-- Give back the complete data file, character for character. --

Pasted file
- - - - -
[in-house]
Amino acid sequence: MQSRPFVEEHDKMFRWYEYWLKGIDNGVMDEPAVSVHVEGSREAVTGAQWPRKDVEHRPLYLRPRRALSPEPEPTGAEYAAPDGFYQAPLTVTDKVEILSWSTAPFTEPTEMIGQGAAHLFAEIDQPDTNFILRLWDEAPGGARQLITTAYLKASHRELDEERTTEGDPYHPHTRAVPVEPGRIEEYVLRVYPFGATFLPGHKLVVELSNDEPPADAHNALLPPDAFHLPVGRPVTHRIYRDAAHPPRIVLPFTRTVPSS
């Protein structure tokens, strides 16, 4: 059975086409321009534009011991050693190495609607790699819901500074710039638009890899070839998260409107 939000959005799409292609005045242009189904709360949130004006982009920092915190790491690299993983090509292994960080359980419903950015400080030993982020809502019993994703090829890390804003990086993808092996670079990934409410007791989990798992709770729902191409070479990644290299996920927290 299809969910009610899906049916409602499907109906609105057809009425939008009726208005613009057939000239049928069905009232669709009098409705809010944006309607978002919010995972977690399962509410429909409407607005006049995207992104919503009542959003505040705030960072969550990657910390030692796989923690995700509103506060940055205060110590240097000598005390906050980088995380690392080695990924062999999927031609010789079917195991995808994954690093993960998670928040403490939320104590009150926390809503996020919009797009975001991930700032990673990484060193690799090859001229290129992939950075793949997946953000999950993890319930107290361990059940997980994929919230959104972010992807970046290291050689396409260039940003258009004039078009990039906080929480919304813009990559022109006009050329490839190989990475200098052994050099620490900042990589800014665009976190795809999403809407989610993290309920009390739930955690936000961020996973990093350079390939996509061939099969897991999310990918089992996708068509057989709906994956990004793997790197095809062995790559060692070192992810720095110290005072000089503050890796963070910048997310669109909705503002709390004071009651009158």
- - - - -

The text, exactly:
[in-house]
Amino acid sequence: MQSRPFVEEHDKMFRWYEYWLKGIDNGVMDEPAVSVHVEGSREAVTGAQWPRKDVEHRPLYLRPRRALSPEPEPTGAEYAAPDGFYQAPLTVTDKVEILSWSTAPFTEPTEMIGQGAAHLFAEIDQPDTNFILRLWDEAPGGARQLITTAYLKASHRELDEERTTEGDPYHPHTRAVPVEPGRIEEYVLRVYPFGATFLPGHKLVVELSNDEPPADAHNALLPPDAFHLPVGRPVTHRIYRDAAHPPRIVLPFTRTVPSS
């Protein structure tokens, strides 16, 4: 059975086409321009534009011991050693190495609607790699819901500074710039638009890899070839998260409107 939000959005799409292609005045242009189904709360949130004006982009920092915190790491690299993983090509292994960080359980419903950015400080030993982020809502019993994703090829890390804003990086993808092996670079990934409410007791989990798992709770729902191409070479990644290299996920927290 299809969910009610899906049916409602499907109906609105057809009425939008009726208005613009057939000239049928069905009232669709009098409705809010944006309607978002919010995972977690399962509410429909409407607005006049995207992104919503009542959003505040705030960072969550990657910390030692796989923690995700509103506060940055205060110590240097000598005390906050980088995380690392080695990924062999999927031609010789079917195991995808994954690093993960998670928040403490939320104590009150926390809503996020919009797009975001991930700032990673990484060193690799090859001229290129992939950075793949997946953000999950993890319930107290361990059940997980994929919230959104972010992807970046290291050689396409260039940003258009004039078009990039906080929480919304813009990559022109006009050329490839190989990475200098052994050099620490900042990589800014665009976190795809999403809407989610993290309920009390739930955690936000961020996973990093350079390939996509061939099969897991999310990918089992996708068509057989709906994956990004793997790197095809062995790559060692070192992810720095110290005072000089503050890796963070910048997310669109909705503002709390004071009651009158």